Léo Marciano Paris is a French luxury fashion house founded in 1970 by the eponymous designer Léo Marciano.
The house designed and retailed ready-to-wear and couture as well as leather goods, footwear and fashion accessories. While the Léo Marciano label is predominantly known for its womenswear, the company also ran a menswear line. The house had a notable following in France and Japan and was internationally distributed through its portfolio of retail stores.
Trained in industrial design, Léo Marciano began a teaching career in drawing before shifting his direction towards garment design and opening his eponymous fashion house.
Beginning with the creation of feminine silhouettes, notably dresses and blouses, his first pieces saw success among Paris’ boutiques and abroad.
The press developed an increased interest in his creations as they became more elaborate and began to constitute collections of coordinates in Italian silks and exclusive prints, fine wools and English tweeds and flannels. The French weekly "Jours de France" contributed to his success when it published his work.
By 1972, the company had significantly grown, and orders were coming from all over the world. Rather than outsourcing to factories, Léo Marciano decided to build his own production atelier to fulfil orders and control the quality of his product line. In this atelier of over one hundred employees, he created a research space, using machinery to service a manufacturing.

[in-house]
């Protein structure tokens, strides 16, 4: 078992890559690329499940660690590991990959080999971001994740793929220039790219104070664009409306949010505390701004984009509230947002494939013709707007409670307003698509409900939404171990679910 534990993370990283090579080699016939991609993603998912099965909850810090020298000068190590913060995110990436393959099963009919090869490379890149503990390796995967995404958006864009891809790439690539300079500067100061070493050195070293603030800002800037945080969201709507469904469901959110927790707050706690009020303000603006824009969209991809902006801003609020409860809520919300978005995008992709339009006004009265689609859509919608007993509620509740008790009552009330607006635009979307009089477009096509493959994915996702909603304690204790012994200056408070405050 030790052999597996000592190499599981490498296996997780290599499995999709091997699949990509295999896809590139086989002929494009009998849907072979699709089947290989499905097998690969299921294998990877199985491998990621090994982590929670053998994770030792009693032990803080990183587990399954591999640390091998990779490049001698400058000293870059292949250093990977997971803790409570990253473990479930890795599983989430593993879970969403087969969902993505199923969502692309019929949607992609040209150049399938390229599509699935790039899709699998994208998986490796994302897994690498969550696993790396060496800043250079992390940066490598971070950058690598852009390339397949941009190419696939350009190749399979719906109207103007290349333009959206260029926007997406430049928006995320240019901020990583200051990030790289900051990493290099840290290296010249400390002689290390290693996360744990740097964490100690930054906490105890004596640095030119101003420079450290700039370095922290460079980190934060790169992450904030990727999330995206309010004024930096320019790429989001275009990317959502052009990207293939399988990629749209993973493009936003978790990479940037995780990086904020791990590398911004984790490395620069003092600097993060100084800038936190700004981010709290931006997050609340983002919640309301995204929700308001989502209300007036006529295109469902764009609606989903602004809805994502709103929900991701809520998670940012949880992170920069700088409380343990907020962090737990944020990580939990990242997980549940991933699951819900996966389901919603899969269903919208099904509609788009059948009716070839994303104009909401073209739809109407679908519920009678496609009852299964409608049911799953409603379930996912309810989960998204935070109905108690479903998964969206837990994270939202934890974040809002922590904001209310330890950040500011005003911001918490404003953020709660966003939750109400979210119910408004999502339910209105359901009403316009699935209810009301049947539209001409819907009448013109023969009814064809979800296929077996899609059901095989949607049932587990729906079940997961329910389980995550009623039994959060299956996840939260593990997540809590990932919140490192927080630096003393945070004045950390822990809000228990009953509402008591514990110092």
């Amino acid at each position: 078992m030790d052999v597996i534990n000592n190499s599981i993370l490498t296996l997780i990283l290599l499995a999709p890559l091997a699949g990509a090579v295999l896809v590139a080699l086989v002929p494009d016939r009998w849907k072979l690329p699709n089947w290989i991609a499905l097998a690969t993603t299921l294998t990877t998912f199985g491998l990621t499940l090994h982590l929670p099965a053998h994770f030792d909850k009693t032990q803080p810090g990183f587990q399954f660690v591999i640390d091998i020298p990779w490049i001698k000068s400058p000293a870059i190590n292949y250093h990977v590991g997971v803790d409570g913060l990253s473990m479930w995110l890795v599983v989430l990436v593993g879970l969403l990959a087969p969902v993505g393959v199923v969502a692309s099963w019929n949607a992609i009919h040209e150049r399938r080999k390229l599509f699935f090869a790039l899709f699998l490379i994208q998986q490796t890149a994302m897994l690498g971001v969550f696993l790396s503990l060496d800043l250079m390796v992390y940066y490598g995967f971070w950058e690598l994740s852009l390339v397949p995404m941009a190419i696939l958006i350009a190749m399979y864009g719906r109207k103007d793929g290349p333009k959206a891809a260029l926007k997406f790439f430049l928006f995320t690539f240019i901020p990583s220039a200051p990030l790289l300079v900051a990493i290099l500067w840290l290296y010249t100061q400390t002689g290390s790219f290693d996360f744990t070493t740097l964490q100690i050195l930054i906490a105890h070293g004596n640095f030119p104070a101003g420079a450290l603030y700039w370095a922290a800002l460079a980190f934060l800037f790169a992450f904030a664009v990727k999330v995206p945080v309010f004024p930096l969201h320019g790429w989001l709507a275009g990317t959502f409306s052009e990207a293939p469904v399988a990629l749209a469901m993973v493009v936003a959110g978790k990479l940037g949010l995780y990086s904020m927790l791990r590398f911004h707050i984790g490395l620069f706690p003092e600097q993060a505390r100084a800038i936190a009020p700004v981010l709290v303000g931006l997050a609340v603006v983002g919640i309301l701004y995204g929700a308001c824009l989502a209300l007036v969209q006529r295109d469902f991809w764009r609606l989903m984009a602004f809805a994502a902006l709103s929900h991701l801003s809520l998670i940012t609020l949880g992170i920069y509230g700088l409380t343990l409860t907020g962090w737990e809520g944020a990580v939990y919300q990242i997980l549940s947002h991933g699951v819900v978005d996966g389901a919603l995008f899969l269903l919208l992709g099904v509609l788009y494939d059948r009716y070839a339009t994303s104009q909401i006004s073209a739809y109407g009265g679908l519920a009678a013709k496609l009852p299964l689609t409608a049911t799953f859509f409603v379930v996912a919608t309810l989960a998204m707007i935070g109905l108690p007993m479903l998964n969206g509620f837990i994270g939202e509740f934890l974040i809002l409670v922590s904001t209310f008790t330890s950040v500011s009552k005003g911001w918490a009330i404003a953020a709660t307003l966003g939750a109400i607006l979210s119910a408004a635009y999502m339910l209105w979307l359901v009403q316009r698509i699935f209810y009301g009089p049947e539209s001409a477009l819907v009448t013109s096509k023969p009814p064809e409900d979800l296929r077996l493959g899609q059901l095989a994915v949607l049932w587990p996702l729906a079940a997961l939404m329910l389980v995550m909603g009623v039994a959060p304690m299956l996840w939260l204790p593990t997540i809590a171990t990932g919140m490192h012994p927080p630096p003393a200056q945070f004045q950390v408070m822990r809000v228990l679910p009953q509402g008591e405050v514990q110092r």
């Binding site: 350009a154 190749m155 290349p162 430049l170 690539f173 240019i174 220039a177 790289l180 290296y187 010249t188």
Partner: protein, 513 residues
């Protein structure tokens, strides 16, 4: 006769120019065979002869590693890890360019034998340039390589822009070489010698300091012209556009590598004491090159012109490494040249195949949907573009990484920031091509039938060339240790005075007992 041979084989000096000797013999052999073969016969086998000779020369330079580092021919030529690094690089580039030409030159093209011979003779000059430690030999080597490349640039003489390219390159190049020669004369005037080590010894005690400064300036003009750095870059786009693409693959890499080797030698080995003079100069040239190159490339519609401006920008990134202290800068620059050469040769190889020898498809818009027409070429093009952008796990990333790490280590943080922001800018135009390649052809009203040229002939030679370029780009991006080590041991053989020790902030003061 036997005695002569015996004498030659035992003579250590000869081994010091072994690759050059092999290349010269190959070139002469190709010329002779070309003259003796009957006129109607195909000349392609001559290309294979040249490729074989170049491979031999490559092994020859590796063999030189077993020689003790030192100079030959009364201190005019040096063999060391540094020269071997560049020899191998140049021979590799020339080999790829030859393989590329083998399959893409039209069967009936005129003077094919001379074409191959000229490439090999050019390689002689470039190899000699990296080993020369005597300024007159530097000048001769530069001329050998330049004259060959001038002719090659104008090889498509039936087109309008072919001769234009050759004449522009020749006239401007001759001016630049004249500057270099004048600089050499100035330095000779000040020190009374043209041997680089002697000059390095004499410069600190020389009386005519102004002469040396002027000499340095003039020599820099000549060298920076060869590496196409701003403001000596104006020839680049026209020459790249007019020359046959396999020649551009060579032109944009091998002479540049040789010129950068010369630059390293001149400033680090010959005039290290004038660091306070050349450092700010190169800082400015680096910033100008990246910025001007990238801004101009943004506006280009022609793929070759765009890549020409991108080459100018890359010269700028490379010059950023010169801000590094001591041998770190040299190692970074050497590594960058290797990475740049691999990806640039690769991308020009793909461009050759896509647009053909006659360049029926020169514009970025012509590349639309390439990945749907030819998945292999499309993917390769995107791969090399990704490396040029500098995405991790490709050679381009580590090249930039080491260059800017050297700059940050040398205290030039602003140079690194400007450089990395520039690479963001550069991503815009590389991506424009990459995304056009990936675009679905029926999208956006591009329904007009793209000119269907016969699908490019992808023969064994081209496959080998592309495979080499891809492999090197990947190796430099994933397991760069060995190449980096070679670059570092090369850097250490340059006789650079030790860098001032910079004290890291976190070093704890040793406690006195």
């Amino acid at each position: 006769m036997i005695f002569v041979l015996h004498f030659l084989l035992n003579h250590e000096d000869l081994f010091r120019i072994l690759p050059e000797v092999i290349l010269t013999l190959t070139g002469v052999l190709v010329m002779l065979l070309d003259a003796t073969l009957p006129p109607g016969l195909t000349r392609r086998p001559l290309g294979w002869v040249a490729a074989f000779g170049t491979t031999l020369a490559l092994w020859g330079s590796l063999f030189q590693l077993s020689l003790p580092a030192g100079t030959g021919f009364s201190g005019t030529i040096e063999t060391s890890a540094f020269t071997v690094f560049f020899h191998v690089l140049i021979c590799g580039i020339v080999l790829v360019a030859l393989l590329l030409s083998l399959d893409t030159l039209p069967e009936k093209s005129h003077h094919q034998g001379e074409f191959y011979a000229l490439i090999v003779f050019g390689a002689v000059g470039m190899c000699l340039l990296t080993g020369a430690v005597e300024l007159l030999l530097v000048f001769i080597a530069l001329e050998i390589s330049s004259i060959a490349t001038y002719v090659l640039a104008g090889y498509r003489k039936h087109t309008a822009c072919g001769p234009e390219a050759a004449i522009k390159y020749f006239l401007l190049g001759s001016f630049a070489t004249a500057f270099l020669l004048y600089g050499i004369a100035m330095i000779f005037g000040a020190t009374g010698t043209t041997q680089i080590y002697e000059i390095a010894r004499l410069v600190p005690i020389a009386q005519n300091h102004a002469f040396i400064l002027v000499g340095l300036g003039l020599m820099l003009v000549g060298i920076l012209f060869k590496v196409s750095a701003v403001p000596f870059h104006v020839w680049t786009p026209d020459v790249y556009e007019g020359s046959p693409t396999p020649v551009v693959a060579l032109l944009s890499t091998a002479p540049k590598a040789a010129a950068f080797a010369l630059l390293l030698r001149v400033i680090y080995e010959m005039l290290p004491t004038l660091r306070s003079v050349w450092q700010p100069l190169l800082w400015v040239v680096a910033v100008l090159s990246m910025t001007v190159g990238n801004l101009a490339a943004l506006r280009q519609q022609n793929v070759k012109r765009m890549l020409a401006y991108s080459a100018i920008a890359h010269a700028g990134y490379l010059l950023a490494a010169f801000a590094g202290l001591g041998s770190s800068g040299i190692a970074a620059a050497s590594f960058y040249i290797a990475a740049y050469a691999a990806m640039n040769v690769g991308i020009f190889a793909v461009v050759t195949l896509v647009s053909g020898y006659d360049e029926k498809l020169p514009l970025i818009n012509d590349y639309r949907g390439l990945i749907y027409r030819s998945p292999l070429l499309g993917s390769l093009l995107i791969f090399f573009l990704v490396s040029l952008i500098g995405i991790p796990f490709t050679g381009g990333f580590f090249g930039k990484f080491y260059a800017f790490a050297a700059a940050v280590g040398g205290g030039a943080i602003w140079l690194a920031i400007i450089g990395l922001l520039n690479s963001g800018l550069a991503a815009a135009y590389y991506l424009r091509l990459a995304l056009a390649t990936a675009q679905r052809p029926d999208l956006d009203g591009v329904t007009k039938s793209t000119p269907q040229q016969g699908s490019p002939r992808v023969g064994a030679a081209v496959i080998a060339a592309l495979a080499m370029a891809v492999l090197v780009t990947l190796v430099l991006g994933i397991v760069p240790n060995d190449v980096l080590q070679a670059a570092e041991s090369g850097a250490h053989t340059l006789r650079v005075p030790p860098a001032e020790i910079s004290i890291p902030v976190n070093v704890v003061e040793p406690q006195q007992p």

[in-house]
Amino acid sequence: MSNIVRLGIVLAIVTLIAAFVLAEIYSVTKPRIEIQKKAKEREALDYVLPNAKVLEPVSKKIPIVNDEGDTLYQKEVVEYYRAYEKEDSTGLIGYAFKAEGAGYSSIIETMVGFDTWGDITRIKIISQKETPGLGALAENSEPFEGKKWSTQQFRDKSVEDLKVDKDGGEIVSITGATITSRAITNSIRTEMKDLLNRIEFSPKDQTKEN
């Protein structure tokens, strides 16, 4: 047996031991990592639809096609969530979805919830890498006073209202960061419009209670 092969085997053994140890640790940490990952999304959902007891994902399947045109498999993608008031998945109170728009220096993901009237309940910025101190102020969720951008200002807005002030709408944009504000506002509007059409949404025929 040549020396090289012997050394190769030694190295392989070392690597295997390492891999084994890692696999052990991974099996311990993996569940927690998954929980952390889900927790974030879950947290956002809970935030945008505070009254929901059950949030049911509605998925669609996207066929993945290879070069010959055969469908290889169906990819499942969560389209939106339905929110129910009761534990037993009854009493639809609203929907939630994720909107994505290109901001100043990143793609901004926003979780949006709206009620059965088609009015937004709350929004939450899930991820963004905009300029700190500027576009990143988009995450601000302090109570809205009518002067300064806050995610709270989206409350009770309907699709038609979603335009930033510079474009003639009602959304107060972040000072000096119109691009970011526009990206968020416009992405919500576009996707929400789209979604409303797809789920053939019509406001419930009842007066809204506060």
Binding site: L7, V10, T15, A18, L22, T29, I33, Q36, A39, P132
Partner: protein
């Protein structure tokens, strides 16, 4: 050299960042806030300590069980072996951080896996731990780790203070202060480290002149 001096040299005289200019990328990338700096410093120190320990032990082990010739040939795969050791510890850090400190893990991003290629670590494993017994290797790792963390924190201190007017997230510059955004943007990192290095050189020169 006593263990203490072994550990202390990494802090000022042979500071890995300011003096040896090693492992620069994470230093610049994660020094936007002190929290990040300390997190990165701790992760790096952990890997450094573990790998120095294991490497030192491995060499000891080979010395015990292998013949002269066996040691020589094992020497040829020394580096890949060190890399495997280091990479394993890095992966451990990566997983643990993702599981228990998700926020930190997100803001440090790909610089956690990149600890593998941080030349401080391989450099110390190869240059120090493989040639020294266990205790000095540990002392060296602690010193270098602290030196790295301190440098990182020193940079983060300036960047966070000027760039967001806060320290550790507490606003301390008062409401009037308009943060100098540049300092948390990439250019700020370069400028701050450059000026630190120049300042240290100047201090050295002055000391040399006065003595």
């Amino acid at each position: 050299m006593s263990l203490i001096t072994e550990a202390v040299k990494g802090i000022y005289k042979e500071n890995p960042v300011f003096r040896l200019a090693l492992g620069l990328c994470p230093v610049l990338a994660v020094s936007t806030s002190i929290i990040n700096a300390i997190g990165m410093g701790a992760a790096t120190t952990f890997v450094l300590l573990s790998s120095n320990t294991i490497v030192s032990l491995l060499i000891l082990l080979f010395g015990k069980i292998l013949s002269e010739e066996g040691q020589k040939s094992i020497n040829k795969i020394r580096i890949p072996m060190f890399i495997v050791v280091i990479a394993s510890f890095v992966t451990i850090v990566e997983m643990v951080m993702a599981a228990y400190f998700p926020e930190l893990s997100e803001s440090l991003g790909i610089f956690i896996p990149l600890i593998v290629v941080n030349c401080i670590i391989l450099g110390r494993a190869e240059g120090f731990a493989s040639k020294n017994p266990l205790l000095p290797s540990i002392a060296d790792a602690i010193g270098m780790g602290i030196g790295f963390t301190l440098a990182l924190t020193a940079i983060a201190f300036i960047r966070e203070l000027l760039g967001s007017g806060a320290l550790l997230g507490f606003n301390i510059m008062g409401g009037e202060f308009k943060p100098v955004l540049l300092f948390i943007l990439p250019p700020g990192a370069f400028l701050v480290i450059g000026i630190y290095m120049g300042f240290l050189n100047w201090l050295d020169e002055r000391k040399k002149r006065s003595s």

The fashion house expanded and freestanding Léo Marciano boutiques opened in Paris at rue du Faubourg Saint Honoré, rue de Cambon, rue François 1er, and avenue Victor Hugo. "Shop-in-shop" concessions also opened.
In Paris, Léo Marciano became the couturier of choice of women in politics; abroad, he dressed women in power notably Margaret Thatcher and Empress Farah Diba, as well as Princess Caroline de Monaco and a number of actresses such as the star of Orfeu Negro, Marpessa Dawn and Anny Duperey.
The Léo Marciano brand was established in Japan with the help of French multinational Péchiney Ugine Kuhlmann (PUK), which offered the brand the support needed to successfully develop commercial activities in Tokyo.
In 1978, thirty-five boutiques opened throughout the country.
Léo Marciano was the first European couturier to do business directly with Japan without having to go through the local intermediaries that controlled imports at the time.
In Japan, he had the opportunity to work on the development and innovation of new materials. Commissioned by the Japanese multinational Toray, he collaborated on the development of a new material – alcantara – which he proceeded to use in his collections. Today, this material is world renowned and used in fashion, interior design, and even the automotive industry.
In 1982, Léo Marciano launched a menswear line. The collection was introduced in its womenswear stores, which began to carry both lines. The interest grew rapidly and a Léo Marciano stand alone menswear shop opened on rue Francois 1er. The menswear line was produced by Italian tailoring company Brioni. The menswear boutique went even further by offering a made to measure tailoring service.
End of activities
In 1985, Léo Marciano ceased his activities due to health reasons and closed the doors of the prosperous fashion house.
- "Les Grandes Réussites: Léo Marciano Couturier," Jours de France No 1207 – January 28 to February 3, 1978, p.22
- Les Grandes Réussites: Léo Marciano Couturier," Jours de France No 1207 – January 28 to February 3, 1978, p.23
- Ministiere de l'Industrie, la Commission de Qualification de Maison de Couture. Janvier 1979
- La Marseillaise. Retrieved February 12, 1968
- France Soir. Retrieved April 22, 1968
- " Un Couturier Français à la conquête du Japon", Jours de France No 1216 – April 1 to 7, 1978, p. 71.
- "Les Grandes Réussites: Léo Marciano Couturier," Jours de France No 1207 – January 28 to February 3, 1978, p.24